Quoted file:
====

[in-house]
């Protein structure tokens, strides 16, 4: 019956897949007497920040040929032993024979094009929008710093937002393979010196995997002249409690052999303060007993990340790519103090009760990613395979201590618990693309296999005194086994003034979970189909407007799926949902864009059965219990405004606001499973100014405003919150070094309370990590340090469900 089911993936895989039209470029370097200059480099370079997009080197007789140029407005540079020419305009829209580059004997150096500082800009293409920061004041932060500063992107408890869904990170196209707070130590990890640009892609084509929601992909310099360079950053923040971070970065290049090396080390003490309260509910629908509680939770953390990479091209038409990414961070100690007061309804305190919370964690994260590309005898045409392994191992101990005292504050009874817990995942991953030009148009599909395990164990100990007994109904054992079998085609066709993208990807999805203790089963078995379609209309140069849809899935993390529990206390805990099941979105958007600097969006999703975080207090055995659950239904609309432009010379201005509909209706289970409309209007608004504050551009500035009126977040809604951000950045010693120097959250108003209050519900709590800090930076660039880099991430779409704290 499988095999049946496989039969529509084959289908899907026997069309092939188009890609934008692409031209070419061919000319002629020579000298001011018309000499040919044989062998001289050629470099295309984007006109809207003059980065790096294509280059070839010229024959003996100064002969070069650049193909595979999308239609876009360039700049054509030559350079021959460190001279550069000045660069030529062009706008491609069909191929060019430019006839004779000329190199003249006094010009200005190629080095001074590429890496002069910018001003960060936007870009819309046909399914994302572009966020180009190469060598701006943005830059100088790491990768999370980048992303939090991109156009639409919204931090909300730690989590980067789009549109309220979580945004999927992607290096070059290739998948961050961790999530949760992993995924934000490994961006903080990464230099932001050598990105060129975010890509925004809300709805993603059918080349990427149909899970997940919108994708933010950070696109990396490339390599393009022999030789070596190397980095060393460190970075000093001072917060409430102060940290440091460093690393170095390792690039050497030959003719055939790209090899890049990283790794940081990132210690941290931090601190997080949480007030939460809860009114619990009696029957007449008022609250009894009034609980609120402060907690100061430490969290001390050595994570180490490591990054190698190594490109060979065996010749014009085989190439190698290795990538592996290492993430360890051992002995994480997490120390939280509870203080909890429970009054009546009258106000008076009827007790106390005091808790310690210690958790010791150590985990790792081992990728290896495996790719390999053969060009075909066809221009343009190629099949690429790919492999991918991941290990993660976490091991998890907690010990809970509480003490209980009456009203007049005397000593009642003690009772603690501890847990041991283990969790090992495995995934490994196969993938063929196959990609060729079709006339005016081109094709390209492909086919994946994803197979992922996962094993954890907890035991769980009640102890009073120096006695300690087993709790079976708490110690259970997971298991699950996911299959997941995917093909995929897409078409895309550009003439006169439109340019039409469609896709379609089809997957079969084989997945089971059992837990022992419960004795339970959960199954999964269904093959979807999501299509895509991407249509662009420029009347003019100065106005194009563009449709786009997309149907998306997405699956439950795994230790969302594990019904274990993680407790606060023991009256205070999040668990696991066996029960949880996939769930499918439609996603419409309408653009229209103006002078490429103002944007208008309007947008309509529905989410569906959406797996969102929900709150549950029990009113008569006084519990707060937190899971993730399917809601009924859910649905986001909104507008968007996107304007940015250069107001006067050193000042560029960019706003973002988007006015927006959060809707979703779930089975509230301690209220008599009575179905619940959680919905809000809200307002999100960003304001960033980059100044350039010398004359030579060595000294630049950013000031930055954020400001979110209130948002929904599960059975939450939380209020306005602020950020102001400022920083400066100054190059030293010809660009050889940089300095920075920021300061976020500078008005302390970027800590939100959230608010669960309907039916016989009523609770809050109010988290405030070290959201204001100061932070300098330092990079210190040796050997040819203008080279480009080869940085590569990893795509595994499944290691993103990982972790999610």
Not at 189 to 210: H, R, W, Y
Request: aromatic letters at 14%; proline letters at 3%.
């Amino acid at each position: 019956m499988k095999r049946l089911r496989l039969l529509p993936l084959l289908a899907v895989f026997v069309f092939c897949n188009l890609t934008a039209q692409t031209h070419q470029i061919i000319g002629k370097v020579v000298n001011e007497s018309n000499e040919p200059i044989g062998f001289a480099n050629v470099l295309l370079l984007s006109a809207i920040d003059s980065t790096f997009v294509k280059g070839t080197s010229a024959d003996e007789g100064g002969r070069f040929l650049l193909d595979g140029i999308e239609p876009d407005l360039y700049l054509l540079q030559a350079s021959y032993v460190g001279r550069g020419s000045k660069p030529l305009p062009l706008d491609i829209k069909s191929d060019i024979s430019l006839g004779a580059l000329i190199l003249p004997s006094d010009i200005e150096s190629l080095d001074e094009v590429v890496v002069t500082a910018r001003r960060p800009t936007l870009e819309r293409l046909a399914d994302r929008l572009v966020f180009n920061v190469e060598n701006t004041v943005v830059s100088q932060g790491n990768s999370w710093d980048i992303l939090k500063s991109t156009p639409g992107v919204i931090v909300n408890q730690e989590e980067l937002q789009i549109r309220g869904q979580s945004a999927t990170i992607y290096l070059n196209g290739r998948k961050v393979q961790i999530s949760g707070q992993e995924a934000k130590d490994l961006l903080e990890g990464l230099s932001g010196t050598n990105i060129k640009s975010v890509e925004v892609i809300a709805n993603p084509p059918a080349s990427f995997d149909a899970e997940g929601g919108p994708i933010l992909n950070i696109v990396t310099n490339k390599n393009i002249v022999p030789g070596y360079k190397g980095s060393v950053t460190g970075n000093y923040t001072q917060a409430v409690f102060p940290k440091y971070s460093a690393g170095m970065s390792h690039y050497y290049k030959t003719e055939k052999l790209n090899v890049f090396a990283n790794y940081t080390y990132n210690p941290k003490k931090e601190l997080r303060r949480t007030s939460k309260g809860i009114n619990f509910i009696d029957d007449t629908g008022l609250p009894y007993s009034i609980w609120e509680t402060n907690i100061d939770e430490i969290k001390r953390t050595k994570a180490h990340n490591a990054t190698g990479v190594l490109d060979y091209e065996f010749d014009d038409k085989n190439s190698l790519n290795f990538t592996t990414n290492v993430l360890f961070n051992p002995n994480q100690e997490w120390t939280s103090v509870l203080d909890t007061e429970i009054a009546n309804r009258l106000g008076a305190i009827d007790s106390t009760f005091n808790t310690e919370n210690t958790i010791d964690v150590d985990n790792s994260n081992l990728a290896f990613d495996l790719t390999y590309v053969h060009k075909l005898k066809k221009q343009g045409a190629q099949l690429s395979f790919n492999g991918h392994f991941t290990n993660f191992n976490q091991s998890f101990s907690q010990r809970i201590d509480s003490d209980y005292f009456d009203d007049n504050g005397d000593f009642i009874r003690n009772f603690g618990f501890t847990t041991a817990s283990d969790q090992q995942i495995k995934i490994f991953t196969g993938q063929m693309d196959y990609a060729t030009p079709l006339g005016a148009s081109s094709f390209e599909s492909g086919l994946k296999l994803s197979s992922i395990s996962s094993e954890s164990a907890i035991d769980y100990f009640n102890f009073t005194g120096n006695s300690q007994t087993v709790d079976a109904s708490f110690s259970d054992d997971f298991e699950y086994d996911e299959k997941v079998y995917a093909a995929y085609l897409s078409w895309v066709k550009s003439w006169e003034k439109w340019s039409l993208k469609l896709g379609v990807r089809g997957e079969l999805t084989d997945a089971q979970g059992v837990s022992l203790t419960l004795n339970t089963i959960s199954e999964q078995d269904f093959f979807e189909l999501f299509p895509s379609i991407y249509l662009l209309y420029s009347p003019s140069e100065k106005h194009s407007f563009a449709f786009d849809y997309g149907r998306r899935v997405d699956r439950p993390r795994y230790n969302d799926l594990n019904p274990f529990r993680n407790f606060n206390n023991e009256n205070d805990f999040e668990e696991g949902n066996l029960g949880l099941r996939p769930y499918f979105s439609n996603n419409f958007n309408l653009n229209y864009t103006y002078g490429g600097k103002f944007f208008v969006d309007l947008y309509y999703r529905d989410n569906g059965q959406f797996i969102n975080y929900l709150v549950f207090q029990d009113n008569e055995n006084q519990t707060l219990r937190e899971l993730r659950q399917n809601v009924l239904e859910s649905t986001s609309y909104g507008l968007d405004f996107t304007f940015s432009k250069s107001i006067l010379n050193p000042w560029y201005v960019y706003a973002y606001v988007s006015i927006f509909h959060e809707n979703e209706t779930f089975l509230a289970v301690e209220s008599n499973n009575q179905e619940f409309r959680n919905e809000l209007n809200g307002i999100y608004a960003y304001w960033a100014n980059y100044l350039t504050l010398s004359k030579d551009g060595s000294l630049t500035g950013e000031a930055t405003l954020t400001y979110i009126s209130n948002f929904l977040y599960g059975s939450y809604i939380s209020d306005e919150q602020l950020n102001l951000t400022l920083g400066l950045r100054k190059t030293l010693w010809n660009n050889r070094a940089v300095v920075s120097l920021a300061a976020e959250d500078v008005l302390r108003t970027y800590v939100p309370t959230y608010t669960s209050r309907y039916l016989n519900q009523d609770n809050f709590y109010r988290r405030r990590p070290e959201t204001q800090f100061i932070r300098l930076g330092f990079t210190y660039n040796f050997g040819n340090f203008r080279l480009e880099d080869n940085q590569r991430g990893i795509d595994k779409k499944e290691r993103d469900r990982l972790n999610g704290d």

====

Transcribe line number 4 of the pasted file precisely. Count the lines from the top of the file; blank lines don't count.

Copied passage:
Request: aromatic letters at 14%; proline letters at 3%.